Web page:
J Neurol (2012) 259:653659 Table 1 Patient characteristics and risk factors (n = 104 total population) Parameter Age Mean (years SD) Range (years) Women [n (%)] Thrombolysed patients [n (%)] 3 h time window ECASS III time window DWI/PWI-Mismatch [4.5 h after symptom onset NIHSS score (median SD) On admission On discharge Work-up [n (%)] MRI (incl. MRA) Duplex vascular imaging ECG-Monitoring TEE Infarct type [n (%)] Territorial Lacunar Other (multiple territories, emboligenic distribution) Infarct territory (circulation) Anterior only Posterior only Both Risk factors [n (%)] Atrial brillation Coronary heart disease Peripheral artery disease Cerebral large artery disease Diabetes Arterial hypertension Hyperlipidemia 3 (2.9%) 1 (0.9%) 2 (1.9%) 14 (13.5%) 7 (6.7%) 33 (31.4%) 29 (27.6%) 8 (7.6%) 58 (55.2%) 22 (21.0%) 3 (2.9%)/10 (9.6%) 23 (21.9%) 6 (5.7%) 29 (27.9%) 16 (15.4%) 5 (4.8%) 9 (8.6%) 9 (8.6%) 70 (67.3%) 26 (25.0%) 8 (7.7%) 49 (47.1%) 14 (13.5%) 41 (39.4%) 104 (100%) 104 (100%) 104 (100%) 74 (71.2%) 3 (5) (range 025) 1 (4) (range 018) 38.4 6.9 1945 58 (55.8%) 23 (22.1%) 19 (18.3%) 3 (2.9%) 1 (0.9%) Value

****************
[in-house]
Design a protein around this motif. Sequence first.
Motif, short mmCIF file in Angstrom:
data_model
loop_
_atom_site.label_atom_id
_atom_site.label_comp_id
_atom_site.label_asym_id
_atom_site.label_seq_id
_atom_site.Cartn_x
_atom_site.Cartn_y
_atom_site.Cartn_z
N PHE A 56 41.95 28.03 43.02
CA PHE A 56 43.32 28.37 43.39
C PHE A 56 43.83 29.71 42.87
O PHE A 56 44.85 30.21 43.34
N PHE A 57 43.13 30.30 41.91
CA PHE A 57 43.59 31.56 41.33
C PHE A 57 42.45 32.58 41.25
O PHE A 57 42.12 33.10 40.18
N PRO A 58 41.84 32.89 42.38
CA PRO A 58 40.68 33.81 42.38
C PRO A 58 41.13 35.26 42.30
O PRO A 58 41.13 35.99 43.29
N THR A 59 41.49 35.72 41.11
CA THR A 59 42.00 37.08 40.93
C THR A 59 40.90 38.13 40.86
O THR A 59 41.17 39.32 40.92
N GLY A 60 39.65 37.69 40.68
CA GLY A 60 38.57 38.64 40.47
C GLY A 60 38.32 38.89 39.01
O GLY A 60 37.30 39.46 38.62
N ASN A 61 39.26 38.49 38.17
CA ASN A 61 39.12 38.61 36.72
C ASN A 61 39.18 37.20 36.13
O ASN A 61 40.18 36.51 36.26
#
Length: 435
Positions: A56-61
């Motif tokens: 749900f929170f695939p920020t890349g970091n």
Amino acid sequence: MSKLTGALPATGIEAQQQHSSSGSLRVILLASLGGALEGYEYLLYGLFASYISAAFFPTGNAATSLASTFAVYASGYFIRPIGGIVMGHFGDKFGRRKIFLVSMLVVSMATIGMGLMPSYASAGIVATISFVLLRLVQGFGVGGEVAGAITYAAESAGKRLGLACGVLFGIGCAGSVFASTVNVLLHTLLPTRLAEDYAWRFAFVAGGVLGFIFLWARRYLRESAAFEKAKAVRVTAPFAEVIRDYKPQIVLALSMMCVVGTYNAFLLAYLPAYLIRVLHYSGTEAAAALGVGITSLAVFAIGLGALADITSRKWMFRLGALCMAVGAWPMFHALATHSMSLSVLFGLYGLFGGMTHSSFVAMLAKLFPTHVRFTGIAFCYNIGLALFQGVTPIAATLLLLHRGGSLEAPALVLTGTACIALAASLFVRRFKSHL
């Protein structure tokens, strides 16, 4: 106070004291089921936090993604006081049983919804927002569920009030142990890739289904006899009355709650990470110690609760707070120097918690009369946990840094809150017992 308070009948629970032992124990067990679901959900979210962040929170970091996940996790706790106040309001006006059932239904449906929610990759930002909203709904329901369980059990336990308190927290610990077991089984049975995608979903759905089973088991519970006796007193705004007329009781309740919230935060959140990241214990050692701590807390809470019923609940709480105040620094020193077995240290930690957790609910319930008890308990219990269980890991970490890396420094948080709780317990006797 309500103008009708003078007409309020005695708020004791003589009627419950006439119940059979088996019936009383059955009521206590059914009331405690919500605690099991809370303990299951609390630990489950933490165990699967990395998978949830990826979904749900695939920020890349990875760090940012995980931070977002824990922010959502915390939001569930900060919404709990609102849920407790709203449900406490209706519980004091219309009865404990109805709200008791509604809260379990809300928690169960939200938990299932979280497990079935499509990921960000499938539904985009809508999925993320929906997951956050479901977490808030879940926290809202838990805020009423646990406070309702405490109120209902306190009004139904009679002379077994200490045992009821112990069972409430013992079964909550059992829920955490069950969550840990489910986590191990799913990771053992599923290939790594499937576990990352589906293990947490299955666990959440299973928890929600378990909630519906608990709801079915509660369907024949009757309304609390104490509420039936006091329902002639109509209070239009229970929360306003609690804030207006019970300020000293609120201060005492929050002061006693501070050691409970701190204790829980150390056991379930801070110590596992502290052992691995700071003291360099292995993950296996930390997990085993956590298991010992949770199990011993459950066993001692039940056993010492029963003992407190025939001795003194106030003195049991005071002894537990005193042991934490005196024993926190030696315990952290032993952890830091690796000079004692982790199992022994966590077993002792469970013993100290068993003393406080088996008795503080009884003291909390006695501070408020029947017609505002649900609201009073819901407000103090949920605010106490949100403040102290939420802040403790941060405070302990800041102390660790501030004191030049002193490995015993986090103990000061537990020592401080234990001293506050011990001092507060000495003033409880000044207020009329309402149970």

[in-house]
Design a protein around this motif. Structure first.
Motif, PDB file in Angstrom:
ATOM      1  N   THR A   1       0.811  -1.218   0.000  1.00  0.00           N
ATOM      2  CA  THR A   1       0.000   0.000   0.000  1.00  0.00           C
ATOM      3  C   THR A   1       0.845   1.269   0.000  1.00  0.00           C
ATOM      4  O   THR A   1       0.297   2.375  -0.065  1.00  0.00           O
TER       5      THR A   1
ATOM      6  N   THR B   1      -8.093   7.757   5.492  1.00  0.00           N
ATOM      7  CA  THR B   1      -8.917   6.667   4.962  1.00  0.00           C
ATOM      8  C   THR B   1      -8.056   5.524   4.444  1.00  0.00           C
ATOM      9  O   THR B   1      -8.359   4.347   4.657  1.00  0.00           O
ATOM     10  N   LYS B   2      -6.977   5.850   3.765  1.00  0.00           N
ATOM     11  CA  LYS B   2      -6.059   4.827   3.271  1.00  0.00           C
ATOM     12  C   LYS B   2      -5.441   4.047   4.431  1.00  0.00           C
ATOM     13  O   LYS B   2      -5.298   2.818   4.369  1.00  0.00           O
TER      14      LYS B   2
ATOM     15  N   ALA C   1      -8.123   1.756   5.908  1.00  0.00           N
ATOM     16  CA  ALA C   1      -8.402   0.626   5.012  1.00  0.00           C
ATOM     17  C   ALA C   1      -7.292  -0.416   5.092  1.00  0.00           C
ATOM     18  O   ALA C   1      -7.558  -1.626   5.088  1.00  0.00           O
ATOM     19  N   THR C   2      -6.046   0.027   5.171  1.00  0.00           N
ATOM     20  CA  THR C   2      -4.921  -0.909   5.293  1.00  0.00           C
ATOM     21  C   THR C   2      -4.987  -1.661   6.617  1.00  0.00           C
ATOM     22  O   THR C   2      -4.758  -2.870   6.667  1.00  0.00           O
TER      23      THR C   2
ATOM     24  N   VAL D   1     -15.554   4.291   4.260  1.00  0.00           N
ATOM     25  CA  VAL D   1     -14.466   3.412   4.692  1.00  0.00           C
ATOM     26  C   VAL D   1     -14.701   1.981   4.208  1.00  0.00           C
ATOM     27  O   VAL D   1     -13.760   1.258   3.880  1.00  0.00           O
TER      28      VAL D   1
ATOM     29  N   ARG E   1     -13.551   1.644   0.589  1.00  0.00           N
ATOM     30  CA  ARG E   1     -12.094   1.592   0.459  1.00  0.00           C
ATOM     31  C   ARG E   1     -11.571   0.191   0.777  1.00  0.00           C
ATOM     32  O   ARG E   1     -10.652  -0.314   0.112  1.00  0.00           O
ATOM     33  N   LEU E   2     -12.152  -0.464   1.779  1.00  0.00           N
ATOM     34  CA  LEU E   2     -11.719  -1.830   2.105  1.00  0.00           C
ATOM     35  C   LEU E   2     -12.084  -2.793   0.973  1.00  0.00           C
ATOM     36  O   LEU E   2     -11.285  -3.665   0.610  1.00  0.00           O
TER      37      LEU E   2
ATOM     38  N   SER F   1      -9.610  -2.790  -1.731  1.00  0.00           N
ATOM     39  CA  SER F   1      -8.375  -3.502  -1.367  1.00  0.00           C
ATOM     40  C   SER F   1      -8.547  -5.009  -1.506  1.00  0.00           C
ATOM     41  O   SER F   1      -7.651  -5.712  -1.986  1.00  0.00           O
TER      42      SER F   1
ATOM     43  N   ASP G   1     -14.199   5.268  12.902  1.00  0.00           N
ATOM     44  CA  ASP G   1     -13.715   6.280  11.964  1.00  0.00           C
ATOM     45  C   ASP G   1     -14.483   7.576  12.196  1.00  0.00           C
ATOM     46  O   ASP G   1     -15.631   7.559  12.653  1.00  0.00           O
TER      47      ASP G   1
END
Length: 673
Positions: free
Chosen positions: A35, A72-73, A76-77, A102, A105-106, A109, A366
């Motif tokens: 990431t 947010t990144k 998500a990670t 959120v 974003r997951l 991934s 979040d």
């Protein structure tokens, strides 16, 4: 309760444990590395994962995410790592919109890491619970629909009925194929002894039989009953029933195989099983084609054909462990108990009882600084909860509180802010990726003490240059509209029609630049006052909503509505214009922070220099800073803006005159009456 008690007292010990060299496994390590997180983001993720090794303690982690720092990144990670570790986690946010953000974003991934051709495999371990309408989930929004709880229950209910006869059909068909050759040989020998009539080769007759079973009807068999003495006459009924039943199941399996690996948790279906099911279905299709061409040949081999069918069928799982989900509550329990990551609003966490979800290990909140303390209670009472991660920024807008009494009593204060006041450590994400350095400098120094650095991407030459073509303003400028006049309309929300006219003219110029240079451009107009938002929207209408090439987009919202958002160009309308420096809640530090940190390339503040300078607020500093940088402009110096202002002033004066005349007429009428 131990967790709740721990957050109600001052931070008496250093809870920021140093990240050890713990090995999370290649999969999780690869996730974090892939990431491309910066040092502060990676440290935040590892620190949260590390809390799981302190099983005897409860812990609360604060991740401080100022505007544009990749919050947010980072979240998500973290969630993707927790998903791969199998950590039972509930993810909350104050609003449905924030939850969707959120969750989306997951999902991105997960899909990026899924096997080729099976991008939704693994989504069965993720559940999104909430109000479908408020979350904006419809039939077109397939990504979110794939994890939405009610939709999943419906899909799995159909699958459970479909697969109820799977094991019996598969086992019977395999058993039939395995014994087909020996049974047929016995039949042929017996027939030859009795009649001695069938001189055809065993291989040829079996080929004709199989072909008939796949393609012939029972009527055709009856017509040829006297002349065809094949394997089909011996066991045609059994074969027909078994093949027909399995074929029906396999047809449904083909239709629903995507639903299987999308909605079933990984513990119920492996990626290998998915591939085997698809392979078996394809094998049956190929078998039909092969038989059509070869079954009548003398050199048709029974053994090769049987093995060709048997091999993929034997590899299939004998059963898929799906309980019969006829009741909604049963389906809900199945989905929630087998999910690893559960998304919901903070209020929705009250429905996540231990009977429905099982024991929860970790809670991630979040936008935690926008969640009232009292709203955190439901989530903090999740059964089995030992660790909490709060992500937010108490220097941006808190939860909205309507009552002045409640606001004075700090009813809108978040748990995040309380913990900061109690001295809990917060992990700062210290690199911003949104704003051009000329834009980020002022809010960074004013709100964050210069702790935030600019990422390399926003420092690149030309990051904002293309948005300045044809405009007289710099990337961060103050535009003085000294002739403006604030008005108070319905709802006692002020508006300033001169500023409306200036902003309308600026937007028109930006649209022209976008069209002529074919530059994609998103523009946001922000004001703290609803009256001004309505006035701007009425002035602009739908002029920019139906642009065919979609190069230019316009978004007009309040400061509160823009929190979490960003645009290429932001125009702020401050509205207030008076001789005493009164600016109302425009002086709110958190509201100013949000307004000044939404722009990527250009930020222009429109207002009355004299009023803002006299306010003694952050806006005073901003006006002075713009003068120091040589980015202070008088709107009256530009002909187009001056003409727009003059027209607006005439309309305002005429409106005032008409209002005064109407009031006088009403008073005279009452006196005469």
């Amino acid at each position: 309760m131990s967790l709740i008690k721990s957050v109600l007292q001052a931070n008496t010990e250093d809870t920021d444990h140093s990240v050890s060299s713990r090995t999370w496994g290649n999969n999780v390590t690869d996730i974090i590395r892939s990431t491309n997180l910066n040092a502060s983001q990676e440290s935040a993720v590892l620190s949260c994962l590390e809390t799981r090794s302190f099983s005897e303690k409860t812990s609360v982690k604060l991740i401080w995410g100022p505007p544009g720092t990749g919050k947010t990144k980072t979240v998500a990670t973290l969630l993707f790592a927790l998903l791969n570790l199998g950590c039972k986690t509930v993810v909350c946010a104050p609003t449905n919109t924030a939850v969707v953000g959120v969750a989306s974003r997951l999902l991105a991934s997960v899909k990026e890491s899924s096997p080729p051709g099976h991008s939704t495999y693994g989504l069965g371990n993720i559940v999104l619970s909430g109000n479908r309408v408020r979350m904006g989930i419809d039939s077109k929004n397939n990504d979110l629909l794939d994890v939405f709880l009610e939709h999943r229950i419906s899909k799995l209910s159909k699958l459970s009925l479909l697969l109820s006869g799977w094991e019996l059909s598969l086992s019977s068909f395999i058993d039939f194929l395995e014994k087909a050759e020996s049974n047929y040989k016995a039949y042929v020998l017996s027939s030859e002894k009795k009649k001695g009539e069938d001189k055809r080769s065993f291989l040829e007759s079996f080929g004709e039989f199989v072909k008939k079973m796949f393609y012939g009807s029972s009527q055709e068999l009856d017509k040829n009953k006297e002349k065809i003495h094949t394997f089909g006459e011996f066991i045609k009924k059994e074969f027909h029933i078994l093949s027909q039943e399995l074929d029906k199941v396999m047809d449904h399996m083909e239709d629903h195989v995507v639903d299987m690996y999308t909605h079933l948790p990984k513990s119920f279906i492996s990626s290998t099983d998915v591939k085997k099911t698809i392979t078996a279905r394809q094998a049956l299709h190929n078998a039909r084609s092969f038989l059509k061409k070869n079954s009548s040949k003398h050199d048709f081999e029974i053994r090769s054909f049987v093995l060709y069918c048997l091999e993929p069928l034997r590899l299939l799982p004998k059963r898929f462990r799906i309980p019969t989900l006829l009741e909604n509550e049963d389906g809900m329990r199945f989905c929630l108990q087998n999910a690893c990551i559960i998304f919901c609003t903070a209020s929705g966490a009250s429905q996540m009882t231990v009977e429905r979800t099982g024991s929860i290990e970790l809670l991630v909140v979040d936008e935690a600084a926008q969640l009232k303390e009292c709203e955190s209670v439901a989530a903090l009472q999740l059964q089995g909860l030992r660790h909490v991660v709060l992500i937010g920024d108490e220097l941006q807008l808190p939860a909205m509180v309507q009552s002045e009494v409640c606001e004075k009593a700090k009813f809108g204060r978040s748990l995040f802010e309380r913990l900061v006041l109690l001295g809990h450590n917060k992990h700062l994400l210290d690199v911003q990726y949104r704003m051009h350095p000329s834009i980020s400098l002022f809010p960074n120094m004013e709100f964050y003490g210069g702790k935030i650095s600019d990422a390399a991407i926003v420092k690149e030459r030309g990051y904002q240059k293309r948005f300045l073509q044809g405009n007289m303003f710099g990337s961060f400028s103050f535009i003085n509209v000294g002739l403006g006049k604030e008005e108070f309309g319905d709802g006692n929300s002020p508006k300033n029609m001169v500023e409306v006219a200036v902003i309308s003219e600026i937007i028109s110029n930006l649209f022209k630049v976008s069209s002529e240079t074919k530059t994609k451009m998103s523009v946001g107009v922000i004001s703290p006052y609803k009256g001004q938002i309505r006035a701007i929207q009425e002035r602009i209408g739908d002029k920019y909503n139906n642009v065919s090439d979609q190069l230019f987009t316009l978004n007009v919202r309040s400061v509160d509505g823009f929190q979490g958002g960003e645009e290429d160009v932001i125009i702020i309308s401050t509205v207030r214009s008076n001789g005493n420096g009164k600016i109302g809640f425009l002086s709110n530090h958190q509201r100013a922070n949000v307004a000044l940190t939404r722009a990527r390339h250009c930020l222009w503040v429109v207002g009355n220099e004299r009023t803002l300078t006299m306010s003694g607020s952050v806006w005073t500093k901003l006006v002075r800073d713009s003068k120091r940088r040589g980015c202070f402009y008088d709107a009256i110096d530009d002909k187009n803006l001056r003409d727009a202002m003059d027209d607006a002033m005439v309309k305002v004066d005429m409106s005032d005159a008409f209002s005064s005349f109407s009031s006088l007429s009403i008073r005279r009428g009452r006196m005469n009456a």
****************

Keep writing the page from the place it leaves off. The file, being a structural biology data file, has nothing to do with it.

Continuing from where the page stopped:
and consecutively admitted to our stroke unit with the diagnosis of acute ischemic stroke were recruited for this study. The diagnosis of ischemic stroke was based on clinical features and MRI in all patients. Each patient underwent a clinical neurological examination [including National Institute of Health Stroke Scale (NIHSS) scores] and received a thorough stroke work-up according to the guidelines of the European Stroke Organization, which was documented in our stroke registry in detail: Brain MRI and MRA [including T1-, T2-, T2*-, FLAIR- and diffusionweighted images (DWI) and time-of-ight (TOF) angiography], extra- and intracranial ultrasound cerebrovascular imaging, ECG-monitoring and standard laboratory blood tests. Most of the patients (74/104; 71.2%) also received transesophageal echocardiograms (TEE). The rest refused to undergo TEE or could not be examined during the period of hospitalization. In patients with no obvious stroke etiology or risk factors, thorough coagulation and vasculitis tests were performed. Infarct types and localization on MRI were recorded, as well as history of stroke and/or older cerebral ischemia visible on MRI. Furthermore, patients characteristics and risk factors [patent foramen ovale (PFO), mitral valve prolapse (MVP), atrial brillation, history of coronary and/or peripheral artery diseases, arterial hypertension (history/treatment or hypertensive blood pressure on admission), hyperlipidemia (history/ treatment or high fasting cholesterol levels), diabetes mellitus (history/treatment or high fasting glucose levels and elevated HbA1c), obesity, smoking, history of migraine and positive stroke family history] were recorded in our Stroke Unit database and analyzed. As an additional parameter, we chose to include hypoplastic vertebral arteries (dened as lumen diameter B2 mm in MR-TOF) in the analysis [12]. To classify ischemic strokes according to etiology, we used both the TOAST [10] and ASCO [11] scores and compared their results.